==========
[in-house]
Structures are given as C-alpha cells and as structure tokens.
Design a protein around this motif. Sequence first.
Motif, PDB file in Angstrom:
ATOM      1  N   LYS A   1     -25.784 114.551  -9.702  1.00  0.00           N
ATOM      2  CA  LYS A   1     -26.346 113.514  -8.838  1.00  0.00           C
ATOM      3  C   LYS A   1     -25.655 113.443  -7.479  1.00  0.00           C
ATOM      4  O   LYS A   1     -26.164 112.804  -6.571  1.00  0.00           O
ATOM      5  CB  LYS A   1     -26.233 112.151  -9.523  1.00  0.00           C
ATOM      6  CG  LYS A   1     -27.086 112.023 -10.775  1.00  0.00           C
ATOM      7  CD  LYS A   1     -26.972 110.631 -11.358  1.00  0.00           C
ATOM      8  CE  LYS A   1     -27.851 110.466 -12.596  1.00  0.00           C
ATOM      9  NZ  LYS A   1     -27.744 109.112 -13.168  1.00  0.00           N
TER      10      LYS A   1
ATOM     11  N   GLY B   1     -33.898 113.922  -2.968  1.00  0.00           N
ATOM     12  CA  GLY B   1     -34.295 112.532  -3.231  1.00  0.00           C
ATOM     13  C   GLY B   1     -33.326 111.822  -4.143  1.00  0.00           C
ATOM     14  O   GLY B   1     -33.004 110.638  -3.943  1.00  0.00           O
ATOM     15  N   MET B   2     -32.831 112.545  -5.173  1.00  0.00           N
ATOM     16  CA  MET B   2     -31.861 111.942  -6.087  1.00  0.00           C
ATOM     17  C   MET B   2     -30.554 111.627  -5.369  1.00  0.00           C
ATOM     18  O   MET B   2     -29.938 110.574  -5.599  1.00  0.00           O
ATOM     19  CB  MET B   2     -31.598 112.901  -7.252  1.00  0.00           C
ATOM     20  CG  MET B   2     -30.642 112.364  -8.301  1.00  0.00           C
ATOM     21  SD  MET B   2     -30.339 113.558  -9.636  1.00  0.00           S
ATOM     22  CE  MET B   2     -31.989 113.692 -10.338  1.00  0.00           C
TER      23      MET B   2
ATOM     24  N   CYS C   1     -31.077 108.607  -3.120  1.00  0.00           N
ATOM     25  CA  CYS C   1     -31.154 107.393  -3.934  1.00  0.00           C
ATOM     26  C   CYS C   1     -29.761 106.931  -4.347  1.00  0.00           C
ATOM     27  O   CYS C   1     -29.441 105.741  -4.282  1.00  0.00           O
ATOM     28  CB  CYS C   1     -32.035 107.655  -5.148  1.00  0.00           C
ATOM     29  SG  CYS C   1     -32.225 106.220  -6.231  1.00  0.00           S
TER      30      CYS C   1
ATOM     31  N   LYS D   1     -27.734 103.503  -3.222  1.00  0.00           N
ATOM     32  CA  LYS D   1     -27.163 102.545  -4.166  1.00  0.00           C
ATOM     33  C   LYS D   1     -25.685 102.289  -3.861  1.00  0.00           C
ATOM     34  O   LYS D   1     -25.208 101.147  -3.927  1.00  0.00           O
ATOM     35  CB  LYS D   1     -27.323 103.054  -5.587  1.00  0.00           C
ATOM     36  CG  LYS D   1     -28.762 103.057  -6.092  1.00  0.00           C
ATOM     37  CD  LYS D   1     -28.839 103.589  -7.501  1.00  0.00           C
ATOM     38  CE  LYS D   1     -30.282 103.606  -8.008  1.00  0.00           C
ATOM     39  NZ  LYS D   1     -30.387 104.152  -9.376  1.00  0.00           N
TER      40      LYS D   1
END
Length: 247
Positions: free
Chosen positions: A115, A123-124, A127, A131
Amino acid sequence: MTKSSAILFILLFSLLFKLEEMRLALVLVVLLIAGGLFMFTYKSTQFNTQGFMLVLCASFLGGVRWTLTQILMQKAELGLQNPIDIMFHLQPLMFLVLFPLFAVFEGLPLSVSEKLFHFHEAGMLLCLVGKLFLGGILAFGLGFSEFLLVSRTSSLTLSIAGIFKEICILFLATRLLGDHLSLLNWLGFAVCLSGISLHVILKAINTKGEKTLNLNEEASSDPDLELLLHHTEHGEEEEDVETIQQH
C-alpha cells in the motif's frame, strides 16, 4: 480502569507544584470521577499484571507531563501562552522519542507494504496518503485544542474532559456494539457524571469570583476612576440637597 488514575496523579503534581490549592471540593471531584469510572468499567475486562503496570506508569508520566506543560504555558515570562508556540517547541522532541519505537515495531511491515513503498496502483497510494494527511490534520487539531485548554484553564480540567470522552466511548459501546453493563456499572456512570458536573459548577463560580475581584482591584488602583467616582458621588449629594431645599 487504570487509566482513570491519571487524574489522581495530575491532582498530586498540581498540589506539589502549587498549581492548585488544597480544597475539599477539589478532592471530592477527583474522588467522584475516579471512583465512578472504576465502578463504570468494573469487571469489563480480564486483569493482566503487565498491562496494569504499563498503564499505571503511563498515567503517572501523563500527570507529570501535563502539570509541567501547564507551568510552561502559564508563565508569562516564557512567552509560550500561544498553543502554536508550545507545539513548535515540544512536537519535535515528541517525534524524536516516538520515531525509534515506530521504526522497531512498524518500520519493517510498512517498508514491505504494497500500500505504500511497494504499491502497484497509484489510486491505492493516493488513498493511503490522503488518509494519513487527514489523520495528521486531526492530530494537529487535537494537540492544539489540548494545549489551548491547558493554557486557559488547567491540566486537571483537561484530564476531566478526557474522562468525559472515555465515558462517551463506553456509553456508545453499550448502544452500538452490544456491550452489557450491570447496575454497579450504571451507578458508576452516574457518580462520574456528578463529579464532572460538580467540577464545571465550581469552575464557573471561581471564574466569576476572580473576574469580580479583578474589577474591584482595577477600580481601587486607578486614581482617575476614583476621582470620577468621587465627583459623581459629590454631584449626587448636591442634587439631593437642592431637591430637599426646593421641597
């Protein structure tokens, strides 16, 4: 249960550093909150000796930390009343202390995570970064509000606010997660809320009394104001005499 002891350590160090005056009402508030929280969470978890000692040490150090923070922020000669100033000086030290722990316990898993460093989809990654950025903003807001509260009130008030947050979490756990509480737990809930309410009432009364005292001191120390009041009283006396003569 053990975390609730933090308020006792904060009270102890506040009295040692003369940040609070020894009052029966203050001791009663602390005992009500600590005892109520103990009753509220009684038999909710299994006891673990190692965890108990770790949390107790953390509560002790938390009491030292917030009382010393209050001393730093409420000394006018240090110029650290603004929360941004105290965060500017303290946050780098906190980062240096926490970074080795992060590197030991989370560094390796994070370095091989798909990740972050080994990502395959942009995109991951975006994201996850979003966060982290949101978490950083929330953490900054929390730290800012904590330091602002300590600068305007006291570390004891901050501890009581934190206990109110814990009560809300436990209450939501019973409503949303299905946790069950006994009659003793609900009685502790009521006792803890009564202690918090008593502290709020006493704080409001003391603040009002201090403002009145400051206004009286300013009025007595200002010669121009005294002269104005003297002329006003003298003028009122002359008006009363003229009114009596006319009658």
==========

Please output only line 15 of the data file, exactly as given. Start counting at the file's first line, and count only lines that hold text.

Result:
ATOM     11  N   GLY B   1     -33.898 113.922  -2.968  1.00  0.00           N